The Coens form a conspiracy of two—industrious, secretive, amused, and seemingly indifferent to both criticism and praise. Early in their careers, they gave detailed interviews, but in recent years they have discussed only specific and relatively trivial matters concerning their movies, avoiding comments on larger meanings or anything approaching a general intellectual outlook. This strategic reticence—the avoidance of art talk—is solidly in the tradition of American movie directors’ presenting themselves solely as pragmatic entertainers. But the Coens have gone further into insouciance than any old-time director I can think of. In the opening titles for “Fargo” (1996), they announced that the movie was based on a true story, though it wasn’t. “O Brother, Where Art Thou?” (2000) begins with a title stating that the movie is “based upon ‘The Odyssey’ by Homer,” which they later claimed they had never read. From the beginning, they’ve been playing with moviemaking, playing with the audience, the press, the deep-dish interpreters, disappearing behind a façade of mockery.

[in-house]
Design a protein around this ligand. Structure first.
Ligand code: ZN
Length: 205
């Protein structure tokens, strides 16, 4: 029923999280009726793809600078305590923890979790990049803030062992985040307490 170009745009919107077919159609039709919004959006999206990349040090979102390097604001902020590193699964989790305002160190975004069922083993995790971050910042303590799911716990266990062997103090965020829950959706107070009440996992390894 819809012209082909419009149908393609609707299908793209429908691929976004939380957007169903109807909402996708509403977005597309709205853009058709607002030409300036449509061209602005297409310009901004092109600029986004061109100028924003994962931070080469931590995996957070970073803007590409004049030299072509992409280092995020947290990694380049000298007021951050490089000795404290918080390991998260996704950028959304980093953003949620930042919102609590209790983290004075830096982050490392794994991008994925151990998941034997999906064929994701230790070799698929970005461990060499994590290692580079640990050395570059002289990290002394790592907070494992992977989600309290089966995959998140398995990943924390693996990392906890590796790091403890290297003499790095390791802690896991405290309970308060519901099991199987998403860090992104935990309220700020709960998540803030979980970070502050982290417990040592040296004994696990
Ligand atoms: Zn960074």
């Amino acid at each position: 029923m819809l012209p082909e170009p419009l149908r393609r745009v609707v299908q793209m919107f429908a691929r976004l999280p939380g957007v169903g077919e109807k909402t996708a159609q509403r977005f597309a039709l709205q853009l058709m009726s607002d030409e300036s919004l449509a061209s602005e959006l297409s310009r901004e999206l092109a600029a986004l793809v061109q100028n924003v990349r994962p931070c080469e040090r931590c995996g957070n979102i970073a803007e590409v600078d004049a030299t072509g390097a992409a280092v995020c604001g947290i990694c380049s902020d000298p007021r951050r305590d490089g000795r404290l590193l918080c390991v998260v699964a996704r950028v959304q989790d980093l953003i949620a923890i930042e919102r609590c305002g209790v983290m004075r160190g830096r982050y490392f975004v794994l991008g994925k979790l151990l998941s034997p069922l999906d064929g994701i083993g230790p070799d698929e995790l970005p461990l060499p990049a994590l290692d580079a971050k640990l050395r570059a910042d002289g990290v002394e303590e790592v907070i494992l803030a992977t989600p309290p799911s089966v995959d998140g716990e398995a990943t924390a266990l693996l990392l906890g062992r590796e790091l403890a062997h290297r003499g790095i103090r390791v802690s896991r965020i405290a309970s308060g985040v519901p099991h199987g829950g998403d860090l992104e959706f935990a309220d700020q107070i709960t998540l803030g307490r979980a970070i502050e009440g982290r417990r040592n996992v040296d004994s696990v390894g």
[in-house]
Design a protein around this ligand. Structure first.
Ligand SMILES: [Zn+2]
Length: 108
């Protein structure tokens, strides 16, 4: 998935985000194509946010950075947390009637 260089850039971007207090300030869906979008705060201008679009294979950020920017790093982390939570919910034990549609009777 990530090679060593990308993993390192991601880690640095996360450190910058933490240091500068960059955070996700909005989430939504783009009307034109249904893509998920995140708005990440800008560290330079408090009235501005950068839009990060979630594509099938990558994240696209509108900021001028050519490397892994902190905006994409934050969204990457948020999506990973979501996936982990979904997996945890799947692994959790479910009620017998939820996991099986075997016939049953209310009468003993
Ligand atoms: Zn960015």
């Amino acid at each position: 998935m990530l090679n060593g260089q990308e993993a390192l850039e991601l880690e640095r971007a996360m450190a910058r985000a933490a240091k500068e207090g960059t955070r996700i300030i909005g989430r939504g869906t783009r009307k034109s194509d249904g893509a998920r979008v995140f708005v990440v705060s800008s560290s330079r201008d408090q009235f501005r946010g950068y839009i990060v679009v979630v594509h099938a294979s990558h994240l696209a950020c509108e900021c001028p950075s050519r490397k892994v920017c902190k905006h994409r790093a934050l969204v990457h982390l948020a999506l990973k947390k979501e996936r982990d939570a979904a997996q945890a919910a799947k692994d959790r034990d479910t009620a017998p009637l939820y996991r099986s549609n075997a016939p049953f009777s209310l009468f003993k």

more from The New Yorker here.